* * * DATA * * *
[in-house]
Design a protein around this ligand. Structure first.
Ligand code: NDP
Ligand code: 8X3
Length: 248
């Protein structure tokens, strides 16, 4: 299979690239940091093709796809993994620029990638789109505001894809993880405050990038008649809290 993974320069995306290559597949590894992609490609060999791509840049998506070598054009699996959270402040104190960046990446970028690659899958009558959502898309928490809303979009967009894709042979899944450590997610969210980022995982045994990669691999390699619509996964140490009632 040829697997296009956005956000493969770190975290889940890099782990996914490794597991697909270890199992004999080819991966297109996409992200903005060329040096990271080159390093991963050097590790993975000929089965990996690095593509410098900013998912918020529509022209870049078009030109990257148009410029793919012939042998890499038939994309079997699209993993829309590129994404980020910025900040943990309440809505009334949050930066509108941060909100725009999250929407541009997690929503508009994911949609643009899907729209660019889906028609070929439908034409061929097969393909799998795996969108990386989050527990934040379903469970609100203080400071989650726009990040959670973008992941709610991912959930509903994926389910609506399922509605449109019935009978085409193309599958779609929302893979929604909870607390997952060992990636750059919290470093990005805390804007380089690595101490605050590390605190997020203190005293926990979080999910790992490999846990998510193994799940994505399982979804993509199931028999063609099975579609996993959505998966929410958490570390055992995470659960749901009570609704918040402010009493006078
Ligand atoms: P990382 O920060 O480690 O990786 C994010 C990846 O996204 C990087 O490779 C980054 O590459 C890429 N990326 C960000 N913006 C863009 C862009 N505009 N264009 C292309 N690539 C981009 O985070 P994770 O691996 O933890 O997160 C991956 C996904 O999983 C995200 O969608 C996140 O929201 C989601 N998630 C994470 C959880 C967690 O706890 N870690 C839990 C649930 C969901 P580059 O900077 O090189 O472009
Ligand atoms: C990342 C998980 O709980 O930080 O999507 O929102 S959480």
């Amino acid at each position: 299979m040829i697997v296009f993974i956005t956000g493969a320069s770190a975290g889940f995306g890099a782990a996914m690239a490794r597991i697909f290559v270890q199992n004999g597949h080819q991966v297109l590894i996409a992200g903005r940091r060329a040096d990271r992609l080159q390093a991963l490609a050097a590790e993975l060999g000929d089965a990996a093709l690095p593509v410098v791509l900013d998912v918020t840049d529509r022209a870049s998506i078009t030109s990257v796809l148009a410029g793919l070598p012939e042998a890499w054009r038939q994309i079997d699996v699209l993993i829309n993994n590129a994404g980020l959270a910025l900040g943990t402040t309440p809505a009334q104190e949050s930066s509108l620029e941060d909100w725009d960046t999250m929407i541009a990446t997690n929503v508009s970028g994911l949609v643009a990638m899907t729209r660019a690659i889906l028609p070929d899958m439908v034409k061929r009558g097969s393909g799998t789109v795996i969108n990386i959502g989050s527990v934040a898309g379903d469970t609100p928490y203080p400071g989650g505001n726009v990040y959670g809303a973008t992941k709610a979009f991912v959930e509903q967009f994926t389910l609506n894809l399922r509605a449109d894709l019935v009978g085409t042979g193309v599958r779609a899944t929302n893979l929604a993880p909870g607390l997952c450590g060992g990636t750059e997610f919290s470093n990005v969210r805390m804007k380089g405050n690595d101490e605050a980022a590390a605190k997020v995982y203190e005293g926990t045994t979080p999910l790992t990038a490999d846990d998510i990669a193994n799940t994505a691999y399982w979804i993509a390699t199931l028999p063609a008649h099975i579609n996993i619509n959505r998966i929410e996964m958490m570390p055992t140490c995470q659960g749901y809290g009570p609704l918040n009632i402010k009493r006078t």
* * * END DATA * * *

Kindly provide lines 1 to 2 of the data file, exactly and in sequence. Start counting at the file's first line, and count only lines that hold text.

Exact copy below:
[in-house]
Design a protein around this ligand. Structure first.